Callosamia promethea

From Wikipedia, the free encyclopedia
Jump to: navigation, search
Promethea Silkmoth
Callosamia promethea 0385.jpg
Female
Male Promethea Moth, Megan McCarty79.jpg
Male
Scientific classification
Kingdom: Animalia
Phylum: Arthropoda
Class: Insecta
Order: Lepidoptera
Family: Saturniidae
Tribe: Attacini
Genus: Callosamia
Species: C. promethea
Binomial name
Callosamia promethea
Drury, 1773

The Promethea Silkmoth (Callosamia promethea), is a member of the Saturniidae family of moths.

Description[edit]

Adult males have dark brownish-black wings with a faint white line and pinkish coloring near a single spot on their forewings. Adult females are bright reddish-pink or a brownish color with well-developed reniform spots. Their wingspan measures 7.5-8.5 cm.[1]

Larvae have a pale green to bluish white body. Pairs of yellow-orange to red tubercles appear dorsally along the second and third thoracic segments in addition to a single yellow tubercle on the eighth abdominal segment. Larvae can reach 5-6 cm. in length before pupation.[1]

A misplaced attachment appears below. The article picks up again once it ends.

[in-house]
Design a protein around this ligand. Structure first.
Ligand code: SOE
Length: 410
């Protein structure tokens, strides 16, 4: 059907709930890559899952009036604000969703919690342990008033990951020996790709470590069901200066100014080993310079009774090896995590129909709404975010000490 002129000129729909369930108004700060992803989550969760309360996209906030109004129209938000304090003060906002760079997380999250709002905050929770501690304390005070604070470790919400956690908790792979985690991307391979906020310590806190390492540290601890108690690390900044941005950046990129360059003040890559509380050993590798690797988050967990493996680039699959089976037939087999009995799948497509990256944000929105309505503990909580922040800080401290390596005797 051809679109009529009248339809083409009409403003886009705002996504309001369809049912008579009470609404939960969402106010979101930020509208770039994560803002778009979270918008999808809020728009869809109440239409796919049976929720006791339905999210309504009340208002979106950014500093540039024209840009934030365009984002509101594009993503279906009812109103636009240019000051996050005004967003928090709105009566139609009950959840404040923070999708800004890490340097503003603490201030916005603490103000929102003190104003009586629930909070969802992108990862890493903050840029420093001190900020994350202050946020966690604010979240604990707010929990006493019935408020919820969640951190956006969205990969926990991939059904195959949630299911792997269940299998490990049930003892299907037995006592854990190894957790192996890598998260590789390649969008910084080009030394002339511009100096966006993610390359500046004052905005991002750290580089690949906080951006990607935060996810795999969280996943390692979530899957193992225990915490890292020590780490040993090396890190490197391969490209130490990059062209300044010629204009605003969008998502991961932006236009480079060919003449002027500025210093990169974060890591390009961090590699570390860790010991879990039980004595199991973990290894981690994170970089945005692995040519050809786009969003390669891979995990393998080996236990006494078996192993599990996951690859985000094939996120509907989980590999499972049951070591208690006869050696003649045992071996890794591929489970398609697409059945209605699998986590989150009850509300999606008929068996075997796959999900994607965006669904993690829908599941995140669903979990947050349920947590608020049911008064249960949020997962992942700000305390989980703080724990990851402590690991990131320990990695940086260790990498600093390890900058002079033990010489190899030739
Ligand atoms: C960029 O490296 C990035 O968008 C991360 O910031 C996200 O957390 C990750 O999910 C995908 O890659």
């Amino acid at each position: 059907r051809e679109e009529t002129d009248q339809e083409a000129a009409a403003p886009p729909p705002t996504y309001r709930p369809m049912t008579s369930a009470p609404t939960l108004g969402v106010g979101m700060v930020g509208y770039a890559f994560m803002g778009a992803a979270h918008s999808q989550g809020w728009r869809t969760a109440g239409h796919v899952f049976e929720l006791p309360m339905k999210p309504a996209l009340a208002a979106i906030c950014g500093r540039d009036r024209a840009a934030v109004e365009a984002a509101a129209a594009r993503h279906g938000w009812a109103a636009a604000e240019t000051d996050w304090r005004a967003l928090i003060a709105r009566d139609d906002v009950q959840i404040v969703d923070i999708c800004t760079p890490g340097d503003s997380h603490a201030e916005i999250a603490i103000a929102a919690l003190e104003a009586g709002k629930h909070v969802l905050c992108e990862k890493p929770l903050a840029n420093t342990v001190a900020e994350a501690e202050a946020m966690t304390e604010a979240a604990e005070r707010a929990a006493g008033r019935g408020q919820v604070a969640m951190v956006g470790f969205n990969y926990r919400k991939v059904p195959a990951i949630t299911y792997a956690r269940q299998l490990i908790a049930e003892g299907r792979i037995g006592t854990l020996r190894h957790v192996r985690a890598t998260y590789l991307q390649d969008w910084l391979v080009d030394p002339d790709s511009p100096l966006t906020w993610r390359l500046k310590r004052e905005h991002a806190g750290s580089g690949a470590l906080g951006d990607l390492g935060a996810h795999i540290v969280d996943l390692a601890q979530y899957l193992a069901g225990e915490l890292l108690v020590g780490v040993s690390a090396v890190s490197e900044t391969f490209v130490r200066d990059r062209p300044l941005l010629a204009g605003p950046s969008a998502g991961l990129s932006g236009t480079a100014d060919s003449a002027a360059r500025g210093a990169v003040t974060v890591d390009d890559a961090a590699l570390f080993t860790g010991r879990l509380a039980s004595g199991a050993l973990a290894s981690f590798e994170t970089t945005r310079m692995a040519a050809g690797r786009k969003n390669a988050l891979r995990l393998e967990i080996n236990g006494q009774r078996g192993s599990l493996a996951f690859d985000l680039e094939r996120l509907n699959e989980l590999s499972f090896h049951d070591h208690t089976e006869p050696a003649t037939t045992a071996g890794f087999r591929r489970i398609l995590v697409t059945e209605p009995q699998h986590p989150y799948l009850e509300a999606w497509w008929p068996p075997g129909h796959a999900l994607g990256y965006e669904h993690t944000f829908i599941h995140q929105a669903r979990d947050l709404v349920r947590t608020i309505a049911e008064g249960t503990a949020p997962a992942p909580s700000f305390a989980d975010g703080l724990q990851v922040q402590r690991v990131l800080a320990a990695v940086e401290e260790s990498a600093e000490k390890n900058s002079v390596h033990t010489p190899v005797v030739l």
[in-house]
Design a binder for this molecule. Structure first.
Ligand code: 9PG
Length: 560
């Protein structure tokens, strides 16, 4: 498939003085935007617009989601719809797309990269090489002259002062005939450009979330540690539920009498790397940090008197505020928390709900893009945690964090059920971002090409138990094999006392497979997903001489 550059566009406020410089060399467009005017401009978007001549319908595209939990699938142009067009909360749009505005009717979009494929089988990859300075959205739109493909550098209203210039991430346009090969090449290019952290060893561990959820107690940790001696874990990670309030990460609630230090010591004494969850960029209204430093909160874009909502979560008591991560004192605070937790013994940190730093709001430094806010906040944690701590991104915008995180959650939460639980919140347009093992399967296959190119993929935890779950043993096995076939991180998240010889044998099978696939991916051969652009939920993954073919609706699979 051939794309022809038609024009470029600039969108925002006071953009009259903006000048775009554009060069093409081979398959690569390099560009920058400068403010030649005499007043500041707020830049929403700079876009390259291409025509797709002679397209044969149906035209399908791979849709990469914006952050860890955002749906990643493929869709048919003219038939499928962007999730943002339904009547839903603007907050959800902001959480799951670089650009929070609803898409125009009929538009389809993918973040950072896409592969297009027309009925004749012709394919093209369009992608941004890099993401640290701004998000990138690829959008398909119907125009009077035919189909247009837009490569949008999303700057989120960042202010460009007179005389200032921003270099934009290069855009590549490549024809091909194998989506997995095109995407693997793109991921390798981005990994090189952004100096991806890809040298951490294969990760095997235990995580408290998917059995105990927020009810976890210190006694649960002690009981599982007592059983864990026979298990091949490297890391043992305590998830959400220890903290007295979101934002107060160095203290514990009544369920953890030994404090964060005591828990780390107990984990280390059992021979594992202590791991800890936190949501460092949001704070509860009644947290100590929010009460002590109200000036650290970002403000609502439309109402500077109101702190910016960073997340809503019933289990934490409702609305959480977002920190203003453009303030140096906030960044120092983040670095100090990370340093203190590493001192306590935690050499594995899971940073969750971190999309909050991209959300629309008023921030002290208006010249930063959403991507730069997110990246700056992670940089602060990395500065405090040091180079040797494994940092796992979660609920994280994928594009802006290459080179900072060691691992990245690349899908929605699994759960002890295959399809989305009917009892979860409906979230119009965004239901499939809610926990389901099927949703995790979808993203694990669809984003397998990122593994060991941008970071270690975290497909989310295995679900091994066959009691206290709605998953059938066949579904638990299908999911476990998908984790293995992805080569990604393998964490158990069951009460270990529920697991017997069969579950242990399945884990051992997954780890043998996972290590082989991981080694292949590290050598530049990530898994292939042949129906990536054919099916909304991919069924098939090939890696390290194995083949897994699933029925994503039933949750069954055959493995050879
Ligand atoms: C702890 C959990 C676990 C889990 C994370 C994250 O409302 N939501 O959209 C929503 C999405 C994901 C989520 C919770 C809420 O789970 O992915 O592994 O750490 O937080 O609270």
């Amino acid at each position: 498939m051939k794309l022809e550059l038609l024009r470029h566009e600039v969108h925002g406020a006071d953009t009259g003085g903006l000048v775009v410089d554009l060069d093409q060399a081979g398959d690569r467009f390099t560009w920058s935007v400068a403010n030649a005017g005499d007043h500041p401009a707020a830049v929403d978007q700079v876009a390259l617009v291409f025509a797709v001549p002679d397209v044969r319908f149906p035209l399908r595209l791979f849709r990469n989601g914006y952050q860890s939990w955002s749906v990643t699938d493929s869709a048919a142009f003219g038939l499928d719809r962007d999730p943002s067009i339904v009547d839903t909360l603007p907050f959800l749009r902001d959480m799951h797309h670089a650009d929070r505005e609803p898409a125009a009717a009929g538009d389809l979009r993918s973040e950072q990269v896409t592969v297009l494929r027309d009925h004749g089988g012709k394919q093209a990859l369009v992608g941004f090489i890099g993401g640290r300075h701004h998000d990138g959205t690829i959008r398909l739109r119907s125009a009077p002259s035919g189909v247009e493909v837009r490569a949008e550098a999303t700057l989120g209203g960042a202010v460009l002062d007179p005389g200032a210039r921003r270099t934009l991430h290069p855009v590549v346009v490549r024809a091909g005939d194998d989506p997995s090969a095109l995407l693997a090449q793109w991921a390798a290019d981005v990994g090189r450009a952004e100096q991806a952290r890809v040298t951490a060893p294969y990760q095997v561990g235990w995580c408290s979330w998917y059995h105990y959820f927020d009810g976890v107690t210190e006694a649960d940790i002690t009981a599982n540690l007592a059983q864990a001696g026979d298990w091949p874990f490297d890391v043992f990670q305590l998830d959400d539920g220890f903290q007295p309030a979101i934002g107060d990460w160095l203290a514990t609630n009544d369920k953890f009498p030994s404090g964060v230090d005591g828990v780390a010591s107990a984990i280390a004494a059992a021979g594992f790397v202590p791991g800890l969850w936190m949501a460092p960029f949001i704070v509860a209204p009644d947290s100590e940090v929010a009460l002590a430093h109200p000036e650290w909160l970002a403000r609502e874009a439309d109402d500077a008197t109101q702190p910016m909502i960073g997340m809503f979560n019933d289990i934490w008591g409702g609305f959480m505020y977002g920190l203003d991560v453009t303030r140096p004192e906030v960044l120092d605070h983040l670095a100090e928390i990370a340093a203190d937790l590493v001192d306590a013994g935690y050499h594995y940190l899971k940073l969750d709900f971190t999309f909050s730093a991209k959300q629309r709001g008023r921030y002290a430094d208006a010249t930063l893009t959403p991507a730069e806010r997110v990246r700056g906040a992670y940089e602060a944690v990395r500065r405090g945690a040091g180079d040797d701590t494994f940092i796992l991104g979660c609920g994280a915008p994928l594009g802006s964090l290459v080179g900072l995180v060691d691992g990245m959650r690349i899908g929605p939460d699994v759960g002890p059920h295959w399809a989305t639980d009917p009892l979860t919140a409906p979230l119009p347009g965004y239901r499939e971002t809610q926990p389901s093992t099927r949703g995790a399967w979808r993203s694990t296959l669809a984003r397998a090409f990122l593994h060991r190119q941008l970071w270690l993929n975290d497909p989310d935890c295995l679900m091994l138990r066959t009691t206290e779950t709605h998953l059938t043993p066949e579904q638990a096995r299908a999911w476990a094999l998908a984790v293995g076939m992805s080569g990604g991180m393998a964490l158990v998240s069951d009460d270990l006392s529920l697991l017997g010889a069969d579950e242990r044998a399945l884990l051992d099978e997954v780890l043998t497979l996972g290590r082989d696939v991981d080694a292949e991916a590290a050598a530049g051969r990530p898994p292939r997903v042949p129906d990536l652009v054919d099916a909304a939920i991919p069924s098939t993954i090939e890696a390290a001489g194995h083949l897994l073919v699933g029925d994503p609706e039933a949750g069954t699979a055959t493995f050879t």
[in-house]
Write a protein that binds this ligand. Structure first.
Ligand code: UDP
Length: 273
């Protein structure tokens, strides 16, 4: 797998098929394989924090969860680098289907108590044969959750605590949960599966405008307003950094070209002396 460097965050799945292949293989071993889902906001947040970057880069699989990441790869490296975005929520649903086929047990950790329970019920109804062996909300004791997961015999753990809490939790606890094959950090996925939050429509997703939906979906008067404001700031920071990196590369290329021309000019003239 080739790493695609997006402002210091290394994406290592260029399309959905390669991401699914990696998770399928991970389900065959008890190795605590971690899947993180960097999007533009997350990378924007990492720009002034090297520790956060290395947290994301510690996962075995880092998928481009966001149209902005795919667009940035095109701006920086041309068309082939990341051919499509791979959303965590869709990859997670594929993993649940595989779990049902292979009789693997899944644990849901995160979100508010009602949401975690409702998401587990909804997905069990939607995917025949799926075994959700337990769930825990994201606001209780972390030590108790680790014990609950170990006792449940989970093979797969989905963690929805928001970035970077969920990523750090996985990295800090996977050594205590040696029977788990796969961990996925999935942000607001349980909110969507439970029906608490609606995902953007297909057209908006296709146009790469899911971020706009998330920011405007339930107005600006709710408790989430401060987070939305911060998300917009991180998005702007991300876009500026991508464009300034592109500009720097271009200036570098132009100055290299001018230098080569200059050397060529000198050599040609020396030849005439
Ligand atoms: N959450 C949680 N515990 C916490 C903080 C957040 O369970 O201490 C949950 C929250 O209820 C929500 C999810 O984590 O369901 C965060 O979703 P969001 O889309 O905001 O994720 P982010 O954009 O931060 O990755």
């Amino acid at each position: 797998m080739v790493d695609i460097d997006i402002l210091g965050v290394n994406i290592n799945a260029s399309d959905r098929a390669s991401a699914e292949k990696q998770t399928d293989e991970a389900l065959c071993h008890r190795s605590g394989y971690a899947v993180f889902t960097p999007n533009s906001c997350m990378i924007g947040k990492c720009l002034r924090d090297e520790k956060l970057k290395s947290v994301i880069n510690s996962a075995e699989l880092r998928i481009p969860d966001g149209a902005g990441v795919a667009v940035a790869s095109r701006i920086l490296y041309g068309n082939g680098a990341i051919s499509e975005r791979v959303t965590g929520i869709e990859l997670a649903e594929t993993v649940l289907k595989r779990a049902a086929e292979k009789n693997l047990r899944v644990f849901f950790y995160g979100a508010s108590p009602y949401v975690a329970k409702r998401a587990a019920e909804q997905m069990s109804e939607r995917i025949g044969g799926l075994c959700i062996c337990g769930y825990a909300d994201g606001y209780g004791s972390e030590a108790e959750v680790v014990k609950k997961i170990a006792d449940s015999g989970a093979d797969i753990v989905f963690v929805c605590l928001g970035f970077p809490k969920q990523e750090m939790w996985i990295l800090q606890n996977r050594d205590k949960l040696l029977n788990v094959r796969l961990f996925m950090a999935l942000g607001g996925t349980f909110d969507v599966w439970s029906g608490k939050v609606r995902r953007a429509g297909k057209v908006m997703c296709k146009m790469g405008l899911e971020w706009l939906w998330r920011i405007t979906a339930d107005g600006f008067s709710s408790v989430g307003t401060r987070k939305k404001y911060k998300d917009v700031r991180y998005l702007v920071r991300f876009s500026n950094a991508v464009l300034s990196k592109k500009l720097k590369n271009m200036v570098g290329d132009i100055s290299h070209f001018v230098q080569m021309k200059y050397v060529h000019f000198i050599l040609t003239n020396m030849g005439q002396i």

Range[edit]

C. promethea is found in the eastern United States and areas adjacent to southern Canada.[1]

Life cycle[edit]

Callosamia promethea larva
Callosamia promethea cocoon

Females lay eggs on host plants during at night. underside of leaves. The early instar larvae are gregarious and feed together on the underside of leaves, but become solitary in later instars. On the lower branches of the food plant, the larva makes a cocoon within a leaf attached to the petiole to the branch.[1] C. promethea has 1 brood in the north (which flies from June–July) and 2 or more broods in the south (which fly from March–May and from July–August).[citation needed]

Food Plants[edit]

The larvae of C. promethea feed on a variety of plants including- but not restricted to- the following:[citation needed]

Gallery[edit]

References[edit]

  1. ^ a b c d "Promethea Moth (Spicebush Silkmoth)". Retrieved July 24, 2016. 

Further reading[edit]

  • David L. Wagner 2005. Caterpillars of Eastern North America. Princeton University Press, Princeton, New Jersey. ISBN 0-691-12143-5
  • Charles V. Covell, Jr. 2005. Moths of Eastern North America. Virginia Museum of Natural History, Martinsville, Virginia. ISBN 1-884549-21-7

External links[edit]